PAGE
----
I know it is a bit like asking which is your favourite child but is there a particular track that stands out or is something close to your heart?
John has a fondness for ‘Infinite’ and ‘The Man Who Hides From Love’, but his favourite is ‘Berlin’, and Mike’s choice is ‘Parlance’. Ryan has an affinity for ‘Loving The Ghost’ and asserts that ‘Estrangement’ has appealing Smiths-y vibes as well as a nice string arrangement, although the track and music video that stands out to him most is ‘The Man Who Hides From Love’. Tony also votes for ‘Berlin’ and ‘The Man Who Hides From Love’. As a slushy footnote, ‘Infinite’ is close to Ryan’s heart as he wrote the lyrics about his then-partner whom he married in August of this year.
Looking back so far on your musical careers, do you feel this is the most productive and sustainable project you have been involved in?
Certainly, in as much as it brought back memories of our various projects, such as filming, directing and editing the video for our cover of ‘She’s In Parties’ and the time spent working with 15+ animators around the world on the music video for ‘The Man Who Hides From Love’. However, we’re currently working on the next album, so although we are proud of the current anthology, our creativity and energies are being focused on bringing to life a whole new chapter of recordings.
Has Covid had an impact on the band performing live and recording over the last few years?
Sadly, yes. We had to cancel a few shows, but on the bright side, we had time to reflect on what In Isolation was as an entity and, going forward, the type of songs we’d really like to listen to ourselves. Our writing skills have improved during that period, so we are having a good time coming up with new ideas for future output.
What acts/bands drew you into the gothic scene and influenced you to become musicians?
John was inspired by Punk bands of the late 70s, which ultimately led him down a slightly skewed path into goth, including his favourites The Cult. Tony has a fondness for Adam Ant and Japan which again paved a way into the darker side of 80s music. Mike has a synth-based background and is eclectic in his tastes, and Ryan is a fan of New Wave chart sounds of the 80s which pointed him to The Sisters Of Mercy and ultimately to 90s bands such as Rosetta Stone. We all had a drive to write and play music, and the dark/romantic/energetic aspects of goth suited our musical temperaments well.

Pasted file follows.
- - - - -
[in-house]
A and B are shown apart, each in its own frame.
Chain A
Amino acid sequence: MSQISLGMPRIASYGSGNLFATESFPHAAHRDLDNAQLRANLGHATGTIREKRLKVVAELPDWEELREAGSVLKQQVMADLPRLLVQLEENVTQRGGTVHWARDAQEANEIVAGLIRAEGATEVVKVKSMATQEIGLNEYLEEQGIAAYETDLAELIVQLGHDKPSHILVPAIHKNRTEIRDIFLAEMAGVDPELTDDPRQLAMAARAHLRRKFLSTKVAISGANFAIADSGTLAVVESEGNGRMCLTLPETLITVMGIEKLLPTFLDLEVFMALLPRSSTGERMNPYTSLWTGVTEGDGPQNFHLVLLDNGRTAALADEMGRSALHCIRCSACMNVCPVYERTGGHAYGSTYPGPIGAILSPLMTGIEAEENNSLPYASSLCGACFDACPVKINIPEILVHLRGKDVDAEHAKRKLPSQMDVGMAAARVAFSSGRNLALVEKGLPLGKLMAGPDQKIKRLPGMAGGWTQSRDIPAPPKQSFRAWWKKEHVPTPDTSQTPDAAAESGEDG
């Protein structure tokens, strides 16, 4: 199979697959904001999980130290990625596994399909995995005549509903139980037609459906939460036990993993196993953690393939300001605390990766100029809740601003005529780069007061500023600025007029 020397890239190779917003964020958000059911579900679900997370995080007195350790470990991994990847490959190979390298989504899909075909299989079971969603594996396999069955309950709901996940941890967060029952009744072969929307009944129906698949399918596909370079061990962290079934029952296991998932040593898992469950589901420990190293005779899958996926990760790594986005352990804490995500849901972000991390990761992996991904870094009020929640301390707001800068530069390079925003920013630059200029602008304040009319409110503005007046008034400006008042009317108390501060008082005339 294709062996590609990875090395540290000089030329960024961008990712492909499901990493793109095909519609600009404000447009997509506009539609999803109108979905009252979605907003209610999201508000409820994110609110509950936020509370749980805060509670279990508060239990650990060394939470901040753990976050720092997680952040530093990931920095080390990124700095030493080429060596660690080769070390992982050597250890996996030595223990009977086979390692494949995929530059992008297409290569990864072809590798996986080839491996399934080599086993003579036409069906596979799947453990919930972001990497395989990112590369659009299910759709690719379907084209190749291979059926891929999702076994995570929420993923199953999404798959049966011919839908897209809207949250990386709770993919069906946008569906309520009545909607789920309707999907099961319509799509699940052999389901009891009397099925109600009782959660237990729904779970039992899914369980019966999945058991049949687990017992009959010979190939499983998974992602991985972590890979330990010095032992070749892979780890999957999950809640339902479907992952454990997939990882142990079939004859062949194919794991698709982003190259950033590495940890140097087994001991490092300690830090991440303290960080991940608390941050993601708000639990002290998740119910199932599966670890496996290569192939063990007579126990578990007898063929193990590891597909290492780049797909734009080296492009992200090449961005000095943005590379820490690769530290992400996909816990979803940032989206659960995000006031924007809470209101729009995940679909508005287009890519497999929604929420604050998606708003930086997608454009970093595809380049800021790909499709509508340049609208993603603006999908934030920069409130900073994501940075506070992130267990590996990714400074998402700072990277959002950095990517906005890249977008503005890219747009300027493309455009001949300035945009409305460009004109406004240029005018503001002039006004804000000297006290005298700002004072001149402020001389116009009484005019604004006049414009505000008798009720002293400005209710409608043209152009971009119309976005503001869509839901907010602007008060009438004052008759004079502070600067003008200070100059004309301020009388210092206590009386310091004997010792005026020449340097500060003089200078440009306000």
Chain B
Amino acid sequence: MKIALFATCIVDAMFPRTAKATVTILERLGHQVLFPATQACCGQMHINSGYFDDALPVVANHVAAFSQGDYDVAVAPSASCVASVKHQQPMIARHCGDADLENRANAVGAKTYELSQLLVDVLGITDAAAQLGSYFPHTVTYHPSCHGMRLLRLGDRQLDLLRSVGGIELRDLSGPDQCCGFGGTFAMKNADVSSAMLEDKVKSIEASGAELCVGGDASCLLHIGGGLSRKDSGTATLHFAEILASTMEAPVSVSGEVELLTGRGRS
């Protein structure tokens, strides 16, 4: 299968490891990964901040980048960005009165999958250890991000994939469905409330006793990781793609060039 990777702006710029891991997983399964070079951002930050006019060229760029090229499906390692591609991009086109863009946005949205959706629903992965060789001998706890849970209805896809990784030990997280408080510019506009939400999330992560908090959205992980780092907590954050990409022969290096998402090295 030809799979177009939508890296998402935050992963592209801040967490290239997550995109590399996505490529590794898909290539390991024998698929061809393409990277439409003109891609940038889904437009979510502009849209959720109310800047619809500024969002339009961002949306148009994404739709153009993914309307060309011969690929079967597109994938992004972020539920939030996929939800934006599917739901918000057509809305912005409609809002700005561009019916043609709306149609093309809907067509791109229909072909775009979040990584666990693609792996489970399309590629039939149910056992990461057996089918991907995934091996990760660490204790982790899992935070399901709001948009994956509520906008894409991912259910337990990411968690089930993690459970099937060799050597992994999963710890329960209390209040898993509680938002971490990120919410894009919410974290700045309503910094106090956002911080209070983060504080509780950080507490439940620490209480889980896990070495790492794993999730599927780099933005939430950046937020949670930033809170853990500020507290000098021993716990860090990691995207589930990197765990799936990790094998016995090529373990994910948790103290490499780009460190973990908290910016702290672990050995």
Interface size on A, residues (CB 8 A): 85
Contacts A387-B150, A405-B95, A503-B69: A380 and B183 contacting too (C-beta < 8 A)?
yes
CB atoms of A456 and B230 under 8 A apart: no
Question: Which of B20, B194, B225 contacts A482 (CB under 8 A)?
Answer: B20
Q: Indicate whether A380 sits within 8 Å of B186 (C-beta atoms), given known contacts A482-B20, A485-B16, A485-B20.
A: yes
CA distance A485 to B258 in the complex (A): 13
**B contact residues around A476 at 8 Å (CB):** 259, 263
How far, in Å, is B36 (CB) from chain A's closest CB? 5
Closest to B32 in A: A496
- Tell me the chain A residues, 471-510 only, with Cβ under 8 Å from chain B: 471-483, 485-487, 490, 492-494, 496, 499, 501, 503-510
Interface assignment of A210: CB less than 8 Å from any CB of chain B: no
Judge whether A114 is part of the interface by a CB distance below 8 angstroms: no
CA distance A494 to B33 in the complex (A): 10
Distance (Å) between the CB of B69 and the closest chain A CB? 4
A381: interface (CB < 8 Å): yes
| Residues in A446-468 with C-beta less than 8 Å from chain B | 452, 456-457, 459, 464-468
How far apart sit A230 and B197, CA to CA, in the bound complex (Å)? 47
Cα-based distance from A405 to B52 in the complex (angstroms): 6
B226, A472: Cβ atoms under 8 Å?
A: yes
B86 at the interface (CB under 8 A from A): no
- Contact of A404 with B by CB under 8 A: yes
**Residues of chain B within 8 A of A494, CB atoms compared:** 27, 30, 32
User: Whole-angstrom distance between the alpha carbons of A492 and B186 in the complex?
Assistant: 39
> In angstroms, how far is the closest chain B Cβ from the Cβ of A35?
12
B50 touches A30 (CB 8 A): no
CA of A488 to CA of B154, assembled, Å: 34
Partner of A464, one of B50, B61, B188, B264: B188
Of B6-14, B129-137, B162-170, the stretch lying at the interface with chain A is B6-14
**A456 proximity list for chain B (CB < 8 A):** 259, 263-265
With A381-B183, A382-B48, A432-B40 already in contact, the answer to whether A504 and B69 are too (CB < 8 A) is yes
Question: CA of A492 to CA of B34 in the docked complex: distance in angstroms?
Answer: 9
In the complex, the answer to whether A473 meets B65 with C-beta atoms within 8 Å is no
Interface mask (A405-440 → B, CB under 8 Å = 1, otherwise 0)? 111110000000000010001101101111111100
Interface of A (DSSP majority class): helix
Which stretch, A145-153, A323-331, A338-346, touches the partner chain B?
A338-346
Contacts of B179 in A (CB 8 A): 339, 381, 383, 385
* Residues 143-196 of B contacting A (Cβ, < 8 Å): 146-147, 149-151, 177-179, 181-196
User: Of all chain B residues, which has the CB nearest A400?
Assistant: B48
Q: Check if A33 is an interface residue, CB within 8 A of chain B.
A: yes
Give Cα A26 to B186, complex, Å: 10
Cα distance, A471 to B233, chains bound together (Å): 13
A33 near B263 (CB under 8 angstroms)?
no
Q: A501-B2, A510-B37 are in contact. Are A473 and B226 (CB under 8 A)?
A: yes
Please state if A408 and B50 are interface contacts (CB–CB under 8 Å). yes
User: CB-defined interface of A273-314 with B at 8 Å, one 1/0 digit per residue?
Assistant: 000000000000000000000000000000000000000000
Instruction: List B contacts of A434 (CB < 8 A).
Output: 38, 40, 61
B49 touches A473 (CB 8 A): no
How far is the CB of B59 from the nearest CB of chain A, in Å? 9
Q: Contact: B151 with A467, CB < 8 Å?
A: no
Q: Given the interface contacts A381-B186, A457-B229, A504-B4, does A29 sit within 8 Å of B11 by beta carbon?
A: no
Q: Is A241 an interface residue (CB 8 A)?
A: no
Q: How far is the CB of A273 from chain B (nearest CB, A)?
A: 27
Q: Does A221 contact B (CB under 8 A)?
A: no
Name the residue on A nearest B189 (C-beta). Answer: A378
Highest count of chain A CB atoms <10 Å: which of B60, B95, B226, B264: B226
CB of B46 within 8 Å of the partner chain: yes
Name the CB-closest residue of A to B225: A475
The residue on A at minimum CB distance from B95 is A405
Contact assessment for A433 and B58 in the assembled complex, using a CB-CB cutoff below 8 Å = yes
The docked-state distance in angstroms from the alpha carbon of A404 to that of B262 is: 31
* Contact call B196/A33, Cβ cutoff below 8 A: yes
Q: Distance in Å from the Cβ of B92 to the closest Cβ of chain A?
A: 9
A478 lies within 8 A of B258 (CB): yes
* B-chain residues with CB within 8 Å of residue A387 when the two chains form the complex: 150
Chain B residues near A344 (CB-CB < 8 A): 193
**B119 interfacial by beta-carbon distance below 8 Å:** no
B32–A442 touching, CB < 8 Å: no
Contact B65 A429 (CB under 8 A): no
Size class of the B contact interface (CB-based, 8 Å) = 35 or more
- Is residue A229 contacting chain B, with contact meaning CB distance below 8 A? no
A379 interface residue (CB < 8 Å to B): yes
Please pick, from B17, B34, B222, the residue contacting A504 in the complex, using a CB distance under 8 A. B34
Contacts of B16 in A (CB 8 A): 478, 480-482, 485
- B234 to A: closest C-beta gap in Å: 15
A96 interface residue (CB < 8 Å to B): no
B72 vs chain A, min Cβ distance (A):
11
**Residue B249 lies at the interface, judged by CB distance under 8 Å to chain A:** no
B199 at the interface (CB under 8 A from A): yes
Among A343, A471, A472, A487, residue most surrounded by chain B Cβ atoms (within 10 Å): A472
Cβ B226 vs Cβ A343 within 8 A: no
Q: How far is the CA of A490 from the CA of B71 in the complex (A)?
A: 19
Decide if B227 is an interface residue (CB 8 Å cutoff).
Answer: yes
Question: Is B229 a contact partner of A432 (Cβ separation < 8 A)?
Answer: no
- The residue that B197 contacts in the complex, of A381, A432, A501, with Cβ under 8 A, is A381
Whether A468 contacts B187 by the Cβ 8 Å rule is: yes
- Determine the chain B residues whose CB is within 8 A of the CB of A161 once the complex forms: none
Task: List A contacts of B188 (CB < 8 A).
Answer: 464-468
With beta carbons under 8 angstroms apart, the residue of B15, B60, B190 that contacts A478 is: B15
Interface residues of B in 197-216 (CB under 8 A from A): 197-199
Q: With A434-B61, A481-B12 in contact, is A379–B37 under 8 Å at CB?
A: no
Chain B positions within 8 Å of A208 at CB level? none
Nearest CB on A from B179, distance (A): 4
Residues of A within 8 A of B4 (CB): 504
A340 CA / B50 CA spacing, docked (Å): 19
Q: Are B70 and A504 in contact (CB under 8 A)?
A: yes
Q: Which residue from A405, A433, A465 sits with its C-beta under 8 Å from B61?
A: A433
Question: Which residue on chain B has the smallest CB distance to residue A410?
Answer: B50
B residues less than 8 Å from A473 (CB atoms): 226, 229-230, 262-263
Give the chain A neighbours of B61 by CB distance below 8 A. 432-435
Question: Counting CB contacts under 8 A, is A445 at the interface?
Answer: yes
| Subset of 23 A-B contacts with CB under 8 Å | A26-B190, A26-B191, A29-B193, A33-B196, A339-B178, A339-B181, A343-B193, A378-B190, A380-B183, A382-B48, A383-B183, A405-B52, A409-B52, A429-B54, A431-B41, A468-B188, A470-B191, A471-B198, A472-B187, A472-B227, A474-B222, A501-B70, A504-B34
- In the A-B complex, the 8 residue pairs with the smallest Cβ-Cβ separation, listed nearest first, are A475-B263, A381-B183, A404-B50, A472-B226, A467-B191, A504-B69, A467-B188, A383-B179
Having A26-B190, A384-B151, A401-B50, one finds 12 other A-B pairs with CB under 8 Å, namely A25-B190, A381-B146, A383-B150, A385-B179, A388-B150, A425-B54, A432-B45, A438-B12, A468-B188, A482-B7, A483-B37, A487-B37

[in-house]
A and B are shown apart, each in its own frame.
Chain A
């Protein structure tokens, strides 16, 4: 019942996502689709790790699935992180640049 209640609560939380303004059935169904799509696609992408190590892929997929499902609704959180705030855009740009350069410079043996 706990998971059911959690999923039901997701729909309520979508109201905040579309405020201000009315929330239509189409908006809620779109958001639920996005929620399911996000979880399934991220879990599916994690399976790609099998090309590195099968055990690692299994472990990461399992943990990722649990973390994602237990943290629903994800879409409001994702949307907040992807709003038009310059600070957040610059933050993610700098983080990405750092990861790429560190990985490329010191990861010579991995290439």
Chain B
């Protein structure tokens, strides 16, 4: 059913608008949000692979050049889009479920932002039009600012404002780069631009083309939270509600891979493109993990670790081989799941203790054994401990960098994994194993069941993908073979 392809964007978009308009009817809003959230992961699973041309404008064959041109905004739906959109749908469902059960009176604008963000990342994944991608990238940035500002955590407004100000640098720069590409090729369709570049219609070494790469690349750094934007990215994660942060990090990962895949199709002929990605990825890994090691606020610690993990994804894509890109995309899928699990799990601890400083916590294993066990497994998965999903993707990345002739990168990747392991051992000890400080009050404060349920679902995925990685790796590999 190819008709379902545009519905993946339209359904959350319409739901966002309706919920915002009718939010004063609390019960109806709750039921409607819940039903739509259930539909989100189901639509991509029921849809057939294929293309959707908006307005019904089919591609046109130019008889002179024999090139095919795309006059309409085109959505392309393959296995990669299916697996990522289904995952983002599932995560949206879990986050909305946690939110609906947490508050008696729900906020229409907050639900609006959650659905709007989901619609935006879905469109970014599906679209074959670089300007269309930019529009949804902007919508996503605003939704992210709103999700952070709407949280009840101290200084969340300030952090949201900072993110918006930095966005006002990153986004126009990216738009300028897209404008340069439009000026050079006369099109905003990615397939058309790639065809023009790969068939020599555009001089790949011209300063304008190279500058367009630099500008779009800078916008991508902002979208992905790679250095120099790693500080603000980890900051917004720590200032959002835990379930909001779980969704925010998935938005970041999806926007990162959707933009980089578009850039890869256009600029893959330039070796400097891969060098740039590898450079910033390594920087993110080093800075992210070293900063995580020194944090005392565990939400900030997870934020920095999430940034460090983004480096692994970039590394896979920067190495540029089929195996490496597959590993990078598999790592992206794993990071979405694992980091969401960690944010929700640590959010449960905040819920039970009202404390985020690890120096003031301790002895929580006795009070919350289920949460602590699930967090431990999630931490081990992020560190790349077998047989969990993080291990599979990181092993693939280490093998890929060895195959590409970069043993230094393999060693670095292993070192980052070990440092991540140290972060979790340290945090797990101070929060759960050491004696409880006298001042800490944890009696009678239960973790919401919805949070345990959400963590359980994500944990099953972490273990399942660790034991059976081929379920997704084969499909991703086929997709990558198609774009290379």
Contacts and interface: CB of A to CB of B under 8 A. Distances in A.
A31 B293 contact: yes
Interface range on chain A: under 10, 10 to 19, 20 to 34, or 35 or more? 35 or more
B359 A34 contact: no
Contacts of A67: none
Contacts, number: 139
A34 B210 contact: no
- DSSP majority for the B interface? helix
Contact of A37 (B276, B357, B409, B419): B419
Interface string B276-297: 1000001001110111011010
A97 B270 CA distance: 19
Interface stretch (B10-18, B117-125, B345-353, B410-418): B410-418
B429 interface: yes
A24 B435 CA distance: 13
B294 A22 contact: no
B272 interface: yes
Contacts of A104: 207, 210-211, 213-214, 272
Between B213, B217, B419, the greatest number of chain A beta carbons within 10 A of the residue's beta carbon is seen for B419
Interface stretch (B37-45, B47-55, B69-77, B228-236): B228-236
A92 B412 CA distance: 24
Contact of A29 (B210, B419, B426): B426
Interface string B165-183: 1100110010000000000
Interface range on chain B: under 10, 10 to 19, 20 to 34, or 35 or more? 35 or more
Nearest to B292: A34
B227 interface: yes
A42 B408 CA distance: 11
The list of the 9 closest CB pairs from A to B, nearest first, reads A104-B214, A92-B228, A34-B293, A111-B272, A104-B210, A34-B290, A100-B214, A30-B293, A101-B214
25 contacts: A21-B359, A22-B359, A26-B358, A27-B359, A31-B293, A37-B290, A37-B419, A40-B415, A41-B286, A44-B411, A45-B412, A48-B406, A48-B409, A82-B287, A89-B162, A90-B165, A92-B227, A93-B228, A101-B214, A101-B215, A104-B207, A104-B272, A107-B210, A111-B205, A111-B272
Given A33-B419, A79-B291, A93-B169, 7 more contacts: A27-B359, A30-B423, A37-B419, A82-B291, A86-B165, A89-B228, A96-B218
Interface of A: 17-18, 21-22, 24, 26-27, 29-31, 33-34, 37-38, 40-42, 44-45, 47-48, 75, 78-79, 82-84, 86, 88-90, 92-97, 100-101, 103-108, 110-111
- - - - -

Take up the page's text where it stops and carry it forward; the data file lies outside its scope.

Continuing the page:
What do you find yourself listening to these days?
A hugely mixed bag reaching back to the 60s. Movie soundtracks are inspirational, and although Top Of The Pops is no longer around to bring the country together with the best music available, there are a few good bands out there to be found such as CHVRCHES, Desperate Journalist, Drab Majesty and Zola Jesus.
If you could choose a movie to write songs for, what would it be about?
Maybe a dark-flavoured rom-com (not one of those really cheesy unfunny ones, of which there are so many). Something intelligent with clever humour and interesting plots and twists, utilising classic actors that recognise thoughtfully-written independent films, such as Tilda Swinton or Gary Oldman. We could bring contemporary dark tunes to the soundtrack as well as scoring the movie (we dabbled in orchestral arrangements for some of our more recent outpourings).
What is in the future for In Isolation?
Tony would like to tour the world, given half a chance, and we would certainly be keen to hop over to Europe to play the likes of the Wave-Gotik-Treffen festival. We are feeling pretty prolific at the moment in terms of songwriting, so we should have something exciting for your ears soon!
Thank you from the bottom of my dark little heart for your time ❤
And cheers, Adele, for letting In Isolation loose on Onyx Music Reviews!
Albums | Singles | Soundtracks – an Anthology 2007-2022 (28 tracks) | In Isolation (bandcamp.com)